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'Loan waiver, mounting NPAs may force banks to stop lending to agri sector'

Waivers may impact supply of credit as lending to agri sector could dry up, say HDFC's economist

Press Trust of India  |  Mumbai 

hdfc, bank, HDFC bank

Days after it reported spike in its own NPAs due to farm waivers, Bank on Friday warned that lenders may discontinue fresh lending to the agriculture sector.

"are likely to see increase in NPAs in the agriculture sector and a general worsening of culture," its economists said in a note.

"waivers are likely to also impact the supply of as fresh lending to the agriculture sector could dry up," they added.

Bank, country's second largest private sector lender, known for its asset quality, reported a 0.20 per cent jump in gross NPAs for the June quarter.

The city-headquartered bank had said up to 0.13 per cent contribution in the fresh bad loans was from the agri sector. Other lenders have also reported similar difficulties.

"With some farmers receiving waivers, other farmers across states, even those who are able to pay, are wilfully defaulting on loans in order to get waivers. Thus resulting in a classic microeconomic problem called the moral hazard," it said.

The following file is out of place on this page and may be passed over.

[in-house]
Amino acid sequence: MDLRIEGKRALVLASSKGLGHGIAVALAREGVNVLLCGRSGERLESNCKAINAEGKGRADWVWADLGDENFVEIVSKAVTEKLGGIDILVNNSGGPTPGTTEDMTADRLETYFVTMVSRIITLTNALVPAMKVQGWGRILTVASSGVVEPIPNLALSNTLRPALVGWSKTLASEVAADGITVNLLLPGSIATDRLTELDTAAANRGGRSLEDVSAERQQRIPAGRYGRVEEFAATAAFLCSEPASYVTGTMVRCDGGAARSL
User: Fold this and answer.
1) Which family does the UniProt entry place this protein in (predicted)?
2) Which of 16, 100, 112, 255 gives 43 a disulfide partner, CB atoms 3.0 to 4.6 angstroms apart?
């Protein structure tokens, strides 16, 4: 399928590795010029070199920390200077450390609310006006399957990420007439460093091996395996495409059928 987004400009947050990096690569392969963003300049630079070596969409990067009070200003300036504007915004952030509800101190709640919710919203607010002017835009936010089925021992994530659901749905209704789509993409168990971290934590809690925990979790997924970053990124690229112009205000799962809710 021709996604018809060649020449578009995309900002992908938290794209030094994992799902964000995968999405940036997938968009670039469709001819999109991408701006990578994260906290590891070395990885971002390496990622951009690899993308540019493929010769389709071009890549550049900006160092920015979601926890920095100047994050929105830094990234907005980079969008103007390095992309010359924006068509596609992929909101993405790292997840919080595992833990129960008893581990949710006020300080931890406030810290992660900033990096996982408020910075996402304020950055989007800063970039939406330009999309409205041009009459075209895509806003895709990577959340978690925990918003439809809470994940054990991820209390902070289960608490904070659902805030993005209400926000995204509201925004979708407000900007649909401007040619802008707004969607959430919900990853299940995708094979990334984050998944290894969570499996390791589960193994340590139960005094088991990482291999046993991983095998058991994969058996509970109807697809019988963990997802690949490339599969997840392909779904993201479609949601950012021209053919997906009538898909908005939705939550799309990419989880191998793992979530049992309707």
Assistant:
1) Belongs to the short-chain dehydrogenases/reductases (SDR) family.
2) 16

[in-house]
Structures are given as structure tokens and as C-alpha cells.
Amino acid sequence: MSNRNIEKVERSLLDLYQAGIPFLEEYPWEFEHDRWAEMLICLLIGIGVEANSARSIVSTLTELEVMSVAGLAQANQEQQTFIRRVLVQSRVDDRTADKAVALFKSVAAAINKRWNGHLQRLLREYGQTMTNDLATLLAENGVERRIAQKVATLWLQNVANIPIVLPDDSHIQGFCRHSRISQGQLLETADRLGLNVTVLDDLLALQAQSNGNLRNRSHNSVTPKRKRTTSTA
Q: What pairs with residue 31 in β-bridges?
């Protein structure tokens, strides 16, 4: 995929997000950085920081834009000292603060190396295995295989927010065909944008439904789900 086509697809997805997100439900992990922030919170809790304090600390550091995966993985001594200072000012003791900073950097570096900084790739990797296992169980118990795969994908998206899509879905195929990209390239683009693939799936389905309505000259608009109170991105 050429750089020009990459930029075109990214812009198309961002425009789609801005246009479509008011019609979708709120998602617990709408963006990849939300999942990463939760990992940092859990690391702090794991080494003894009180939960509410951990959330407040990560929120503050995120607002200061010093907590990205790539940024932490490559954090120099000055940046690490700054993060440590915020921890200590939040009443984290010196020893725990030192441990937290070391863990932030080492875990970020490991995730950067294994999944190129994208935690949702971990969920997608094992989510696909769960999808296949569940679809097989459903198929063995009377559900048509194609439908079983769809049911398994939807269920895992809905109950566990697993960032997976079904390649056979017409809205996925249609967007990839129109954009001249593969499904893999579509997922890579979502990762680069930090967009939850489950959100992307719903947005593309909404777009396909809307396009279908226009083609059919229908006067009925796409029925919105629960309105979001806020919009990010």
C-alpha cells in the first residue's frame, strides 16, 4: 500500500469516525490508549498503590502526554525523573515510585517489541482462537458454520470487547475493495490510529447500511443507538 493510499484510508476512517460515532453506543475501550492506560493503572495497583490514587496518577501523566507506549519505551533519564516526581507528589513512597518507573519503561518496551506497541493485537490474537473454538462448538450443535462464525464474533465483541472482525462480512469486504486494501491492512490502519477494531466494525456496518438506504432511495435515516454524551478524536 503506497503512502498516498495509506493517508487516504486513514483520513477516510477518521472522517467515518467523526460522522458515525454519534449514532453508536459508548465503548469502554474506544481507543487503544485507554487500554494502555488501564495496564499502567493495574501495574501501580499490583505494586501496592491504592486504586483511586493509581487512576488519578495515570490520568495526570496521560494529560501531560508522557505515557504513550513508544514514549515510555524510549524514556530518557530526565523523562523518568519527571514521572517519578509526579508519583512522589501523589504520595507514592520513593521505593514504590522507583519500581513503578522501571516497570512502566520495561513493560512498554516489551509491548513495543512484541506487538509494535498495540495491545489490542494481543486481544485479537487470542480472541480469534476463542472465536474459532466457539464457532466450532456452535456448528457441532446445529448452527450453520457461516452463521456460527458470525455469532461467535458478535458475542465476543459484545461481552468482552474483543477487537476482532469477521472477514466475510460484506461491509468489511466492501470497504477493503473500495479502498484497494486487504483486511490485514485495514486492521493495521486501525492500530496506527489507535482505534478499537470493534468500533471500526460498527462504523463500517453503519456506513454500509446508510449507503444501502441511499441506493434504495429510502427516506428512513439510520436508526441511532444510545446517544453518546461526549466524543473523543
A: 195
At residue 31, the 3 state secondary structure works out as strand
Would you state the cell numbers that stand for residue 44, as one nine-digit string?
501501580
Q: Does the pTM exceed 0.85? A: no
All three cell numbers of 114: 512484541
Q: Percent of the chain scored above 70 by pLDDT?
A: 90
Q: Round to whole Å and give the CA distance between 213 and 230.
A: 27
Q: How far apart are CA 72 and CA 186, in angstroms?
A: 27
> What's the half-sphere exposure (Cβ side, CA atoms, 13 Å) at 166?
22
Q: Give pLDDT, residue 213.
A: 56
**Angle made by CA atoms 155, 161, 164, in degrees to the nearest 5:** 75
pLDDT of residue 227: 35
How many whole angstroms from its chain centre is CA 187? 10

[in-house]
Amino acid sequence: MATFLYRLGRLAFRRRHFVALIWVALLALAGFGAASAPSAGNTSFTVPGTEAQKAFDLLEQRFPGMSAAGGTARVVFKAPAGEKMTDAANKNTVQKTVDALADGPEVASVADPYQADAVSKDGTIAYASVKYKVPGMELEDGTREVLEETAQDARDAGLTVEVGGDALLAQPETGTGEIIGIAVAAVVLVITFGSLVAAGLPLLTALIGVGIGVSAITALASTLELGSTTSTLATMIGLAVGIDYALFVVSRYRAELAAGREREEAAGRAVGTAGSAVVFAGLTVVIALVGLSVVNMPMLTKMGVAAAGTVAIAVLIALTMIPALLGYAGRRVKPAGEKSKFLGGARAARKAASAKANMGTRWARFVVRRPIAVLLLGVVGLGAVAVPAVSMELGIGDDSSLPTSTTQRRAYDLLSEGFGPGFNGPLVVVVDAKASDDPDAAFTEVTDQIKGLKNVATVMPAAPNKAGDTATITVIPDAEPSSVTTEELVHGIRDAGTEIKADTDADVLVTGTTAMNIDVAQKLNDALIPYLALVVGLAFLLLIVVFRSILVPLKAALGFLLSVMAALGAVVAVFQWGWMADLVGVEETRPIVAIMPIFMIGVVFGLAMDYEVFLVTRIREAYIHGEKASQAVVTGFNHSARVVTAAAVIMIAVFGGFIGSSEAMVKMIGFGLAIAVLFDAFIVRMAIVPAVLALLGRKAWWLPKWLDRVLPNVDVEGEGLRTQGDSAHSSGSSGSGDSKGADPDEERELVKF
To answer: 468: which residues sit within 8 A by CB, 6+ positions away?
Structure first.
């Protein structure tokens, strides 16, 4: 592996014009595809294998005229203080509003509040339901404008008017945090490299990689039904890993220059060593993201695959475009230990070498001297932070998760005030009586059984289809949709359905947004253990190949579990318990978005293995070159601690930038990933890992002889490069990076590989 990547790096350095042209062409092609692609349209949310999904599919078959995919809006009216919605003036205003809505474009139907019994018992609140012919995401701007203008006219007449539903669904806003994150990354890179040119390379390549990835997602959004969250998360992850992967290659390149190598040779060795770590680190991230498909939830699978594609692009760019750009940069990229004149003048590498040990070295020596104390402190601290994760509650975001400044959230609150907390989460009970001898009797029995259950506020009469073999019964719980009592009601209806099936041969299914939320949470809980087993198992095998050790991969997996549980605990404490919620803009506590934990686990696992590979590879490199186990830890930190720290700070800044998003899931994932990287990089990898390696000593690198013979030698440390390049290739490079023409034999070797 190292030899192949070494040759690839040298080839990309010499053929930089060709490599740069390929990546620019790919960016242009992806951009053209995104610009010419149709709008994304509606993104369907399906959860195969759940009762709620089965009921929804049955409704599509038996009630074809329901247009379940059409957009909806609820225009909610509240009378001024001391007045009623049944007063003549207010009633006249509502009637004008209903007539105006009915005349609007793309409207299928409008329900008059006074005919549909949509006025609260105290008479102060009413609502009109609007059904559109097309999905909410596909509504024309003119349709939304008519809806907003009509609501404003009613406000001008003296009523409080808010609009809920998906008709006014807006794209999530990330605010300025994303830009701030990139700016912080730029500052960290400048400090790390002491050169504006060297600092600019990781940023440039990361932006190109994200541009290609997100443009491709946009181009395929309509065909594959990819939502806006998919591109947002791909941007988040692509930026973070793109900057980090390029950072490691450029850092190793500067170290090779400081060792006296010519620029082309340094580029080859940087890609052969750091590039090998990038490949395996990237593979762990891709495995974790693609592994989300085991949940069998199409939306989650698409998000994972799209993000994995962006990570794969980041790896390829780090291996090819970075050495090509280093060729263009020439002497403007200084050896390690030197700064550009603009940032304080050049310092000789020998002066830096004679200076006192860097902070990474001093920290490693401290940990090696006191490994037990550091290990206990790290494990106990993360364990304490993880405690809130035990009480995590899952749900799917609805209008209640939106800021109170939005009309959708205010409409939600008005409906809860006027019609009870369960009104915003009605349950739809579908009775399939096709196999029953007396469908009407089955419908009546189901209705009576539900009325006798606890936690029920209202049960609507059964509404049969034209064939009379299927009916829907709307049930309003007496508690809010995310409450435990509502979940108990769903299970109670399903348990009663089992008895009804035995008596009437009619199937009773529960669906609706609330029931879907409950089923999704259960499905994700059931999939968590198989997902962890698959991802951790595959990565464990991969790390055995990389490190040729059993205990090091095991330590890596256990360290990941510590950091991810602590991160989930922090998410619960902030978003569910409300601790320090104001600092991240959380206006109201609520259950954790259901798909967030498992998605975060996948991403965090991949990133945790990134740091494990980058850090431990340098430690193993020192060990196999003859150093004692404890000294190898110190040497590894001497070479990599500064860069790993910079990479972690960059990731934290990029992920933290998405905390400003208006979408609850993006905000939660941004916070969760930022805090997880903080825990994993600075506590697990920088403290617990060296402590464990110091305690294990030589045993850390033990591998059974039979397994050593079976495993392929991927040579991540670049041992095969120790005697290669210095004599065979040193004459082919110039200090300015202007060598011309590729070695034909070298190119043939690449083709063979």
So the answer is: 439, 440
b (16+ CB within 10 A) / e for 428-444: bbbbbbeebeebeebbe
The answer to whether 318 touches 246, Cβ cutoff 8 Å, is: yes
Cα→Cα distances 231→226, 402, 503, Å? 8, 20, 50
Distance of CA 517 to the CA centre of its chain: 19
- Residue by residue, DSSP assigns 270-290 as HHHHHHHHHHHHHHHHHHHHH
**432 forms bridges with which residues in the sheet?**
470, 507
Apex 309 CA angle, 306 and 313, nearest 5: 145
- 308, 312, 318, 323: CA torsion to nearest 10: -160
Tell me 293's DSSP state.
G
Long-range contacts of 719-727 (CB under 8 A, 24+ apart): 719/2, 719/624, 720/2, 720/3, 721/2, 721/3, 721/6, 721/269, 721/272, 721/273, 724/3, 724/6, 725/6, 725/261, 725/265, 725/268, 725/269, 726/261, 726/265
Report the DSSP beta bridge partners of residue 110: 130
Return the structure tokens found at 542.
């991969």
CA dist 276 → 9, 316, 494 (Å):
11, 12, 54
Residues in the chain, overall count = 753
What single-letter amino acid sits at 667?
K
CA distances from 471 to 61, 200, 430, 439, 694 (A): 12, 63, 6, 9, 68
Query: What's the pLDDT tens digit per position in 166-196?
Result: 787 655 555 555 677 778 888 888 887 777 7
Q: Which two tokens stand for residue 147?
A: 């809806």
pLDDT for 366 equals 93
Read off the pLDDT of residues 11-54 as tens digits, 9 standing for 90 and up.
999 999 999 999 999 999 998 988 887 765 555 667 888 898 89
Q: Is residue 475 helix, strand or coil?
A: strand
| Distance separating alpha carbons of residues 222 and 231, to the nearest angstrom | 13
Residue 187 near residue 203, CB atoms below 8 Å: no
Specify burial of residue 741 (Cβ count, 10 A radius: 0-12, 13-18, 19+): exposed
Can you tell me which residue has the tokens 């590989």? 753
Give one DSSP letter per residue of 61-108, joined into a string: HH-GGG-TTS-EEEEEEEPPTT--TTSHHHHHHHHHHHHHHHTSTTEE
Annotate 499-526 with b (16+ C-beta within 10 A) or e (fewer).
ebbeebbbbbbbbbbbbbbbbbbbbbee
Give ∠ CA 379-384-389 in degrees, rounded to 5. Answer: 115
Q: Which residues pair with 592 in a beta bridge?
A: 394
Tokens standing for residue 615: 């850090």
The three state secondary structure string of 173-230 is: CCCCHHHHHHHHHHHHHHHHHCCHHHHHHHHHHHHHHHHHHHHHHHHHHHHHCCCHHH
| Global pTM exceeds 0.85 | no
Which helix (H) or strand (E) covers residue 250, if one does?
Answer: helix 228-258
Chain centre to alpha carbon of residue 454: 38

could adopt indirect approach like supplying through microfinance institutions, it said.

Strategies, like staggering of or converting loans into bonds, are also likely to create cash flow problems, it said.

Flagging another concern, the note said unlike Uday Bonds for the power sector which focused on creating efficiencies in the system, there are no such measures in the farm side.

"Borrowings for farm are unlike those that were done under the — which were contingent on certain conditions that were aimed at improving DISCOMs' efficiency. Therefore, farm waivers are freebies that are overall negative for the culture and markets," it said.

Uttar Pradesh, Maharashtra, Punjab, Karnataka, Telangana and Andhra Pradesh have announced waivers recently.

The bank pegged the total waivers at Rs 2.3 lakh crore or 2 per cent of the GDP in FY17.

The note argued that FY09 announcement had led to changes in allocation and increase in defaults in India with post performance declining faster in districts with greater exposure to the program.

Only a third of the small and marginal farmers will benefit from the move as two-thirds are outside institutional and depend on moneylenders or relatives, it said.

waivers also do not help on consumption and investment fronts, it said, citing studies done after FY09.

On crop insurance, it said insured amounts are seldom sufficient to cover the amounts and there is also the risk of insurance amount being used for basic necessities or funding the next sowing which does not guarantee repayments for the

(Only the headline and picture of this report may have been reworked by the Business Standard staff; the rest of the content is auto-generated from a syndicated feed.)

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